See all Blog posts

“No designer wants to design for a landfill.” EDITIONS goes sustainable.

This month sustainability took center stage at EDITIONS London. Here's a round up of insights from the front lines of the fight to make fashion sustainable.
“No designer wants to design for a landfill.” EDITIONS goes sustainable. | EDITED

This month sustainability took center stage at EDITIONS London. Here’s a little bit of what we learned.  

From the very first minute of this month’s EDITIONS, the conversation felt like two things at once. A focused discussion on the challenges of moving the fashion industry towards a sustainable future and a hopeful reminder that no matter how big the task may seem, it can always be beat.  

Touching on many of the challenges that lie in the path to sustainability in fashion – from guaranteeing living wages, to creating new materials made from eucalyptus or bamboo – moderator and CEO of Soleberry Advisory Gabrielle Hase lead our panelists through a discussion that felt urgent, insightful and, at times, very personal.

The overall message that emerged was clear: sustainability is win/win for the people, the planet and the business of fashion retail. The fight however belongs to everyone.

Here are some of our favorite quotes from the evening’s discussion on stage at the Hospital Club in London.

“No designer wants to design for a landfill.” EDITIONS goes sustainable. | EDITED

Tamsin Lejeune, CEO of the Ethical Fashion Forum and MySource

“The risks of not working sustainably are increasing. There’s an increasingly knowledgeable and aware group of consumers who are disillusioned with the way the fashion industry works. We’re seeing examples of real commercial success amongst business models that make sustainability their mission openly and publicly through everything they do.”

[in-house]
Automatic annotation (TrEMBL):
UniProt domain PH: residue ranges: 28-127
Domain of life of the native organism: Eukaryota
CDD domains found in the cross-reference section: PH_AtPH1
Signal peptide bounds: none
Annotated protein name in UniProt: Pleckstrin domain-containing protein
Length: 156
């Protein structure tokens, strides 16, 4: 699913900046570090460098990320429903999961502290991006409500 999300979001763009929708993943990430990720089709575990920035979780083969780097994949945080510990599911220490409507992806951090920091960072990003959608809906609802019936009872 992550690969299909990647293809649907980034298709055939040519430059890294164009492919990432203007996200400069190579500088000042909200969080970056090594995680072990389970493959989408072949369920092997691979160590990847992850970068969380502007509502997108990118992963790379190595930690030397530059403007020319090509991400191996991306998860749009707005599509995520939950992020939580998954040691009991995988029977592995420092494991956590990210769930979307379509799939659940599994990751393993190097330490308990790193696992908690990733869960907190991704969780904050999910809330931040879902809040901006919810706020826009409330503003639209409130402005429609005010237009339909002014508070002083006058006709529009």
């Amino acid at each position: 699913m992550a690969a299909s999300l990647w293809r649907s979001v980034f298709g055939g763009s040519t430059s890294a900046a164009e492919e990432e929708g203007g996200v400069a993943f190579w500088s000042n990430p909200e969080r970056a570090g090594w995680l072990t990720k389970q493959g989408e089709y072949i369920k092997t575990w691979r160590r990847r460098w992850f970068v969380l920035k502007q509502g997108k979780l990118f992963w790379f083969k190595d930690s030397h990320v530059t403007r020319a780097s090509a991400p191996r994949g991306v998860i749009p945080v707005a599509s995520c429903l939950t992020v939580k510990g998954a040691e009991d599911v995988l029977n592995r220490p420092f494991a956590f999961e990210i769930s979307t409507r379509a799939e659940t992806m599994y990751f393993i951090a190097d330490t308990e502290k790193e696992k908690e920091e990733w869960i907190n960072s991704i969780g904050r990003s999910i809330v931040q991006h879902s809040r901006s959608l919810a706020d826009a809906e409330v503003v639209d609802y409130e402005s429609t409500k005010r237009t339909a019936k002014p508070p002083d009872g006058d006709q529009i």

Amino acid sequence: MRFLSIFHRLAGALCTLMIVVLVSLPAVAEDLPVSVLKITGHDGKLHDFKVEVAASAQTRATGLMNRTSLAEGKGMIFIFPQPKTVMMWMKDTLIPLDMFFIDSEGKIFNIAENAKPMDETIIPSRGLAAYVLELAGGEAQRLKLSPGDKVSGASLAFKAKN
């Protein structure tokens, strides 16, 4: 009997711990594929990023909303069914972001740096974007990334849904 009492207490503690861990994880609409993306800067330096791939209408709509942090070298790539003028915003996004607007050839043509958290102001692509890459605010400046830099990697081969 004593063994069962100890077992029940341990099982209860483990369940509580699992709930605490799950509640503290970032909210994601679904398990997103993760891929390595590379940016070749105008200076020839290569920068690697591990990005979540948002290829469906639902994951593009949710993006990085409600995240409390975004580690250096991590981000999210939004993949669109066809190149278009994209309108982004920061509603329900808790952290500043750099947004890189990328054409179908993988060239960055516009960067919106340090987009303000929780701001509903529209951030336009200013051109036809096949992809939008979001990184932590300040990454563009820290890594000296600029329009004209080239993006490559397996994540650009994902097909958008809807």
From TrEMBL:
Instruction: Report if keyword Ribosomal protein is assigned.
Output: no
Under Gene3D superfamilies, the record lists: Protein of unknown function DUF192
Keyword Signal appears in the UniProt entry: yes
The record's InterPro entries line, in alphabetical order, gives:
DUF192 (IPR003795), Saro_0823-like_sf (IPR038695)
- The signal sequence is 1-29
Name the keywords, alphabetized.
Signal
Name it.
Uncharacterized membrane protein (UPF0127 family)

On the perceived higher cost of sustainable garments:

“Our industry is exploitative. It’s been demonstrated that there are some well known UK retailers who aren’t paying living wages to all their workers; that needs to change.

As long as we, as an industry, don’t pay fair wages garments will be priced lower than they should be. So it’s regulation and industry collaboration that need to change that.

Having said that, as an individual business you can succeed. Things have changed over the last five years in relation to overcoming the challenges of sustainable sourcing. There’s a much wider range of sustainable fabrics available at better price points.

Actually some of the products we’re seeing coming out of research into sustainable development are better than what’s already out there. So you can be the best and be sustainable.”   

“Our vision is to make sustainability the norm. That’s what we’re doing now.” says @EthicalFashionF

“No designer wants to design for a landfill.” EDITIONS goes sustainable. | EDITED

Catarina Midby, Sustainability Manager at H&M

“We’re a big company that sells a huge amount of garments. We also have a huge amount of production so obviously we have a big impact in the industry, especially in production countries like Bangladesh and Cambodia where we’ve made enormous progress with living wages and safer factories.

Salaries go up, security goes up generally the factory owners and the workers are happier so everything works much better. Yes, it does sound sound contradictory when you sell as many garments as we do, but at the same time we can really drive change.”

On the path towards sustainability:

“We started looking at our processes and understanding where we could have the greatest impact. What we learned, of course, is that the design process has a lot to do with the kind of fibers and the materials you use, but it’s also about the user face at the end of it.